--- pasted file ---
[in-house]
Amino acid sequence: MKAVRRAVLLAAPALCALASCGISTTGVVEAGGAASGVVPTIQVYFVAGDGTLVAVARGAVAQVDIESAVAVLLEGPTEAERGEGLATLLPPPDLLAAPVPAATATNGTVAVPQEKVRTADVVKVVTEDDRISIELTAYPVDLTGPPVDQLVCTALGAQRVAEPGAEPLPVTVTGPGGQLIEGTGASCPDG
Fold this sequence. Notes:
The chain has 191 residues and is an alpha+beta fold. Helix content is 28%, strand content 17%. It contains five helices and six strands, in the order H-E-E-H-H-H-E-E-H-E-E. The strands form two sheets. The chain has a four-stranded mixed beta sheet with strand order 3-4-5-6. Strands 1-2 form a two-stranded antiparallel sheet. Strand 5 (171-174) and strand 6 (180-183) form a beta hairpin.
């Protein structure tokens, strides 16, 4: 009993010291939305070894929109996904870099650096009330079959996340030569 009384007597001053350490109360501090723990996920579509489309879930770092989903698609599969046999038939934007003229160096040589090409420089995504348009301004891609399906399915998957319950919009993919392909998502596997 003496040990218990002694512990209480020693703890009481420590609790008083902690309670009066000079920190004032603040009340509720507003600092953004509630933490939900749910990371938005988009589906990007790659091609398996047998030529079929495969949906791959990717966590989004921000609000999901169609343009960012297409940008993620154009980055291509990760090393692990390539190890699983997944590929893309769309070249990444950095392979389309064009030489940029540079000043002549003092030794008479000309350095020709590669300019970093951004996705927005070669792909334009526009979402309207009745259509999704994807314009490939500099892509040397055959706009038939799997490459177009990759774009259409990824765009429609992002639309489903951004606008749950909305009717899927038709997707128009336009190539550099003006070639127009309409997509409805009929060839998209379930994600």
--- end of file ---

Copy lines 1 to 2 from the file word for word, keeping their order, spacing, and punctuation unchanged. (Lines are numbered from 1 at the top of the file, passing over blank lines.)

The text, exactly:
[in-house]
Amino acid sequence: MKAVRRAVLLAAPALCALASCGISTTGVVEAGGAASGVVPTIQVYFVAGDGTLVAVARGAVAQVDIESAVAVLLEGPTEAERGEGLATLLPPPDLLAAPVPAATATNGTVAVPQEKVRTADVVKVVTEDDRISIELTAYPVDLTGPPVDQLVCTALGAQRVAEPGAEPLPVTVTGPGGQLIEGTGASCPDG